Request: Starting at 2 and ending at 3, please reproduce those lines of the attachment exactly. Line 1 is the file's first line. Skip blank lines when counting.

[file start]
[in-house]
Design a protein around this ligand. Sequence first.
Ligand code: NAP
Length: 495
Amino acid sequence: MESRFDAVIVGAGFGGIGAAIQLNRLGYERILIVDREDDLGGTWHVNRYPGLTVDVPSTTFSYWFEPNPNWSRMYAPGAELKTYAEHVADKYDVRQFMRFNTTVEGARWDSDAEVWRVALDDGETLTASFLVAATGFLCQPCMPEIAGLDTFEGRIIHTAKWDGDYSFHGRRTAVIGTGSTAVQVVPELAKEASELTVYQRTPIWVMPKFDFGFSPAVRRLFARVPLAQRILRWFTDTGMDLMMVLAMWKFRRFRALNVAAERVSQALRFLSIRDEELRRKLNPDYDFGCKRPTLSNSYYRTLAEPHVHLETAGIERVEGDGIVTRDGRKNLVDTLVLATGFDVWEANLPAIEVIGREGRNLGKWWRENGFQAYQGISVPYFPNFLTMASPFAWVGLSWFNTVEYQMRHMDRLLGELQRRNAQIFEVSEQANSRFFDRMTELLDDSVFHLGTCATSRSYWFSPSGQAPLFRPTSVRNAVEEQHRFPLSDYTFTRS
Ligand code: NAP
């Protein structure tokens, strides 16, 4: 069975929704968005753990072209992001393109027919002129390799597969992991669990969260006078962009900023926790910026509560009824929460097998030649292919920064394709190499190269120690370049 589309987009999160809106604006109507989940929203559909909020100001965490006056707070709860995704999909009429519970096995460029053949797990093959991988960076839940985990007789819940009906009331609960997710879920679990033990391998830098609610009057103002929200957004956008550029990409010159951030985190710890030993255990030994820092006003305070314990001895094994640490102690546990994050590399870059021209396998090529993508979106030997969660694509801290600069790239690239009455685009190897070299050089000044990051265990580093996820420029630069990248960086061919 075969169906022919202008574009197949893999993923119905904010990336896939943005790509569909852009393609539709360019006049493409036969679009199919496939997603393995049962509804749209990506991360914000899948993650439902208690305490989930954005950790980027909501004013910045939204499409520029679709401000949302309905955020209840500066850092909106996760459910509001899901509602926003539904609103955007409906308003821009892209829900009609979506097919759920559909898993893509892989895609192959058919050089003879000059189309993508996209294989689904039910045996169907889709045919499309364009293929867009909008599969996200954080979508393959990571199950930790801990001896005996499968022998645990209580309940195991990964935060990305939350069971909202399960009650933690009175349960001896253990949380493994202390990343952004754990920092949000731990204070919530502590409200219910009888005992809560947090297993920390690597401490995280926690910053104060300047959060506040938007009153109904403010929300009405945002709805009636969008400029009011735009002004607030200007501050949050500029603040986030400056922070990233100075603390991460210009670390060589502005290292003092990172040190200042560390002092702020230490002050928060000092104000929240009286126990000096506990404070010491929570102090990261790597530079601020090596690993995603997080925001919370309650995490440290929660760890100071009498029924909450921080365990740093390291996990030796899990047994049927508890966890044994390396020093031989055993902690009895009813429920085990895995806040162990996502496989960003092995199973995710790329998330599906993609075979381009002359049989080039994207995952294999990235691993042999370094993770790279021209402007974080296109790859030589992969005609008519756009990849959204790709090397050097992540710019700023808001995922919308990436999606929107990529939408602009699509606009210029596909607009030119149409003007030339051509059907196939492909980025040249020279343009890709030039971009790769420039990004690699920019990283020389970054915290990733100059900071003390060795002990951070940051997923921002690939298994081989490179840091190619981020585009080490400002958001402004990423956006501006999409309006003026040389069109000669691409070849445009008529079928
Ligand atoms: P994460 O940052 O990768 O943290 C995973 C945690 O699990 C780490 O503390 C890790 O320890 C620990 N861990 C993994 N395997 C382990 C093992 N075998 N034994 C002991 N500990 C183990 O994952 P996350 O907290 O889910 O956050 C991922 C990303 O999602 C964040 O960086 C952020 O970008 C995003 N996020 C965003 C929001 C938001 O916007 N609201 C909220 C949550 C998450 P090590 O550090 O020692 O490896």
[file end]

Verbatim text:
Design a protein around this ligand. Sequence first.
Ligand code: NAP